The Milwaukee Bucks waited 50 years. Fifty!
The last time they won an NBA championship, Kareem Abdul-Jabbar and Oscar Robertson rolled to a Finals sweep over the Baltimore Bullets. In the champions’ locker room, a familiar face appeared on national TV.
Bob Boozer had achieved so much already in his basketball career. NCAA All-American. Olympic gold medalist. NBA All-Star. At 34, Boozer was only a small part of the Bucks’ 1971 title team, but it was his career exclamation point. His last NBA game.
“I just want to say hello to all my friends in Omaha,” Boozer said through the Champagne and shouting.
As I watched the celebration in Milwaukee Tuesday night, I wondered what Boozer, who died in 2012, would’ve thought of the scene at Fiserv Forum. More specifically, I would’ve loved to get his opinion of the Bucks’ improbable superstar, the new face of the NBA.
Giannis Antetokounmpo scored 50 points. Fifty!
The Greek Freak dominated the Suns in ways that, even a decade ago, would’ve pushed the limits of comprehension. How could a player be that long, that strong, that quick? And still play that hard?
The NBA has bloomed globally over the past 50 years, inspiring new fans in China, Africa and Europe. The fruits of that expansion include unique talents like Giannis, Luka Doncic and Nikola Jokic.
But here in America, the NBA has also lost many fans who yearn for more traditional styles. They prefer Magic and Michael to LeBron and KD.
I engaged in countless, fruitless debates over the past decade. I argued that almost nobody played defense in the ‘80s — Bill Laimbeer knocking off someone’s head is not good defense. I argued that Larry Bird and Dr. J traveled, too. That today’s game is full of wings equal to Scottie Pippen and Clyde Drexler. That Tim Duncan’s Spurs and Steph Curry’s Warriors played even more beautifully than Magic’s Lakers. Alas, I didn’t change many opinions. Nobody does.
Regardless of past squabbles, I hope the skeptics paid attention Tuesday because Giannis simultaneously revolutionized the sport and honored its best traditions.
You don’t like the glut of 3-point shooting today? Giannis made only three 3s in six Finals games. You don’t like hero ball? Giannis didn’t isolate and wave his teammates away, he leaned on them in the clutch.
You don’t like superstars jumping ship? Here’s a guy who could’ve left Milwaukee in 2020 after a humiliating playoffs exit. Instead, he doubled down on the small-market Bucks, determined to succeed for the team that drafted him 15th overall in 2013.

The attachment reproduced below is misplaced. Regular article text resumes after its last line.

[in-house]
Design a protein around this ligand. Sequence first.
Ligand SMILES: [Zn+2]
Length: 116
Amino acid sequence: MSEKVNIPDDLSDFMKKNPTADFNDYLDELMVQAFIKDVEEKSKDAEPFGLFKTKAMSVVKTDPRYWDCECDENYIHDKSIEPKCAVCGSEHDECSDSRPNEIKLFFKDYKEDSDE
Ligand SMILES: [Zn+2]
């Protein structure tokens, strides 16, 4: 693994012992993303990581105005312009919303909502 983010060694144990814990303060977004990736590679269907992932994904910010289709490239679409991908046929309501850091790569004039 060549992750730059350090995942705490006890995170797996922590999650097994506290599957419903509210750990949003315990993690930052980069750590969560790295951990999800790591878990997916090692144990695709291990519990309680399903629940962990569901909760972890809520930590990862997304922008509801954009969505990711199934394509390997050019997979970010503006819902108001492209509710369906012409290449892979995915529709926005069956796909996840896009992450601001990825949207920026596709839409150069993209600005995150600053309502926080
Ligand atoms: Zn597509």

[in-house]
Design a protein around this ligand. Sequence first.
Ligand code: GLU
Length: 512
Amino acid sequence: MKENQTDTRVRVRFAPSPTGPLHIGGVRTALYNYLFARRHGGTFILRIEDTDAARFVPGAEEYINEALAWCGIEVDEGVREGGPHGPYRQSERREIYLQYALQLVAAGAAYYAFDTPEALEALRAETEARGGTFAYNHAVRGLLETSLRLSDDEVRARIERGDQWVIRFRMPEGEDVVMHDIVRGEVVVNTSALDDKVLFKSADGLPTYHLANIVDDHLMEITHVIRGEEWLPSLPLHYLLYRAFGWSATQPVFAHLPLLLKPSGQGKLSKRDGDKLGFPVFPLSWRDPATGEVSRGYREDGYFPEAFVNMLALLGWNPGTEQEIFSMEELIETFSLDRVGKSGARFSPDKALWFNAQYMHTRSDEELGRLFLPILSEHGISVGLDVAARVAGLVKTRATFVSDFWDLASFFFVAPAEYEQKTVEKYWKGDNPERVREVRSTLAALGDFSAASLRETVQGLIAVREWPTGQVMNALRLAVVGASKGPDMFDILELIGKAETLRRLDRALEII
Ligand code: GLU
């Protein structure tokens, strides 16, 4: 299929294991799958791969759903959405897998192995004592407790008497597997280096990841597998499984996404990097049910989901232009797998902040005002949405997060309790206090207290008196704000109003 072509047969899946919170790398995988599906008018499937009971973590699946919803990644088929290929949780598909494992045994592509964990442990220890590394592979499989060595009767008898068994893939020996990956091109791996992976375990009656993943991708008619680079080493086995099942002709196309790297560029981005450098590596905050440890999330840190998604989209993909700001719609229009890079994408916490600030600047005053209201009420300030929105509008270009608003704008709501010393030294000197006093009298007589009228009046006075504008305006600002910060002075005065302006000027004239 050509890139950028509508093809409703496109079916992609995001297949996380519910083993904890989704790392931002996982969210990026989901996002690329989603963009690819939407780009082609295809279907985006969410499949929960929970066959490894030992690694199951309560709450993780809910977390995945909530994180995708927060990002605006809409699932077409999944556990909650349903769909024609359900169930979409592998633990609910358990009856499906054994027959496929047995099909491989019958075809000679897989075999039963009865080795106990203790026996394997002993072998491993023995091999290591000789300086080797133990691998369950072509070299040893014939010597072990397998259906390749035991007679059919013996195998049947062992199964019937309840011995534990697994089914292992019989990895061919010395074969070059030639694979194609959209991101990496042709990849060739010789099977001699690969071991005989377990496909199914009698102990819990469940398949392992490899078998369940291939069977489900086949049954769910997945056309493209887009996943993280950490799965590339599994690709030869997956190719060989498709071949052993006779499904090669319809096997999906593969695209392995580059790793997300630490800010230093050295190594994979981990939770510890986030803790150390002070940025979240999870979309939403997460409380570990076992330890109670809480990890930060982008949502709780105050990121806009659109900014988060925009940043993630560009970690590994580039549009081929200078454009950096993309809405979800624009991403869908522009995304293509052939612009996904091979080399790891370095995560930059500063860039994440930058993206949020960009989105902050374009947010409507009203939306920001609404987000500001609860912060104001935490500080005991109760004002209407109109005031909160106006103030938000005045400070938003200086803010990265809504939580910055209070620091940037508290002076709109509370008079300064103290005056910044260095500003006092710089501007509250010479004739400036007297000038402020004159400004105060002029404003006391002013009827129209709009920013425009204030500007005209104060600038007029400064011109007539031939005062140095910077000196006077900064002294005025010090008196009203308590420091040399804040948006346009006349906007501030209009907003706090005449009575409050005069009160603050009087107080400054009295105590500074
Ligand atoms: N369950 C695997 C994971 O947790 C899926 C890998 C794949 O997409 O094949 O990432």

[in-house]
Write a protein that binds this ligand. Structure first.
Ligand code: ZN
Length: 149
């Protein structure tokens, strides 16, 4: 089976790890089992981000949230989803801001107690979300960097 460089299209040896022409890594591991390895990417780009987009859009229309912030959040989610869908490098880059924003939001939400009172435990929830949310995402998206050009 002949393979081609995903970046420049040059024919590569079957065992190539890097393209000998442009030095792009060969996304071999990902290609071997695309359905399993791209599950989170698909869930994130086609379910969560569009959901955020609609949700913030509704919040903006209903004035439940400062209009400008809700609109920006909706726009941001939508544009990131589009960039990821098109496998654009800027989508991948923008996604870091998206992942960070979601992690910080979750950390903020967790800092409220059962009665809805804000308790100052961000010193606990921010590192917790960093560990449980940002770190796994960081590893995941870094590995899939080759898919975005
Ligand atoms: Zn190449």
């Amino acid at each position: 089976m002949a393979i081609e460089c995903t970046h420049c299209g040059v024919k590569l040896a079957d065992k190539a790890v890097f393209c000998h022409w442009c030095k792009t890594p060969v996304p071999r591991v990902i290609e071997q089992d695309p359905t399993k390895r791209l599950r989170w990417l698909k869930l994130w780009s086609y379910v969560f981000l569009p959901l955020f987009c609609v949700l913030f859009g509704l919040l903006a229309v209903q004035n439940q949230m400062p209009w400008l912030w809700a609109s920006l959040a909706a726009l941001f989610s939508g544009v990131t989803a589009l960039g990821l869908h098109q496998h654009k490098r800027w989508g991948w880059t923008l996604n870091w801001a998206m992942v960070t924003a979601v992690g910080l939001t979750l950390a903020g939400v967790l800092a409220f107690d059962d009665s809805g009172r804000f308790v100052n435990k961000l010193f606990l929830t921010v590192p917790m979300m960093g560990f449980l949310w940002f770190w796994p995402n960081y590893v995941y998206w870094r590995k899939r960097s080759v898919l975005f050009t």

“I could go to a super team and just do my part and win a championship,” Giannis said Tuesday night. “But this is the hard way to do it. … We did it. We f-ing did it!”
You don’t like pre-packaged promotion over authenticity, style over substance, hype over humility? Giannis didn’t grow up on the AAU circuit making highlight films on YouTube. He learned the game on the streets of Athens, where he sold tourists cheap sunglasses and CDs to help support his Nigerian immigrant parents. Born in Greece, Giannis didn’t receive citizenship from his government.
After the Bucks drafted Giannis in 2013, one prominent Greek politician compared the 18-year-old phenom to a chimpanzee, calling for his arrest and deportation.
“Why am I less Greek than you?” Giannis once said. “Why? Because I am black? Are you going take my nationality because of my skin color? Come on, man.”
Giannis hasn’t forgotten any of it. It’s the source of his drive and work ethic. But also his joy and gratitude.
“People around the world from Africa, from Europe, I give them hope, it can be done,” Giannis said Tuesday night. “It can be done! Eight years ago, I didn’t know where my next meal would come from. My mom was selling stuff in the street. Now I’m here sitting top of the top.”
There’s an incredible story from Giannis’ rookie year, when he averaged just 6.8 points per game. One cold November afternoon, he took a taxi to Western Union to send money home to his family. He tried to get a return cab, but his credit card wouldn’t work.
Without a winter coat, he ran the downtown Milwaukee streets toward the arena until a stranger stopped and offered a ride. He squeezed into the back of a subcompact Honda, thanking his good Samaritans.
That’s the guy who, eight years later, is the best basketball player on Earth. You can’t make it up.
Last week after Game 5, a reporter asked Giannis how he controlled his ego at such a young age. His answer stunned me.
“When you focus on the past, that’s your ego,” Giannis said. “When I focus on the future, that’s your pride talking ... I try to focus in the moment. The present. That’s humility. ... It’s been working so far. I’m not going to stop.”
That’s the skill that matters most. Not strength or size or athleticism, but relentlessness. Even when his team loses in the playoffs, even when he air-balls free throws, even when he hyperextends his knee in the conference finals, Giannis does not quit.
Wednesday morning, Giannis pulled into a Chick-fil-A drive-thru in Milwaukee armed with a fully loaded credit card and the Finals MVP trophy. Broadcasting the scene on Instagram, he ordered 50 chicken minis.
“Fifty exactly,” Giannis said. “Not 51. Not 49. Fifty.”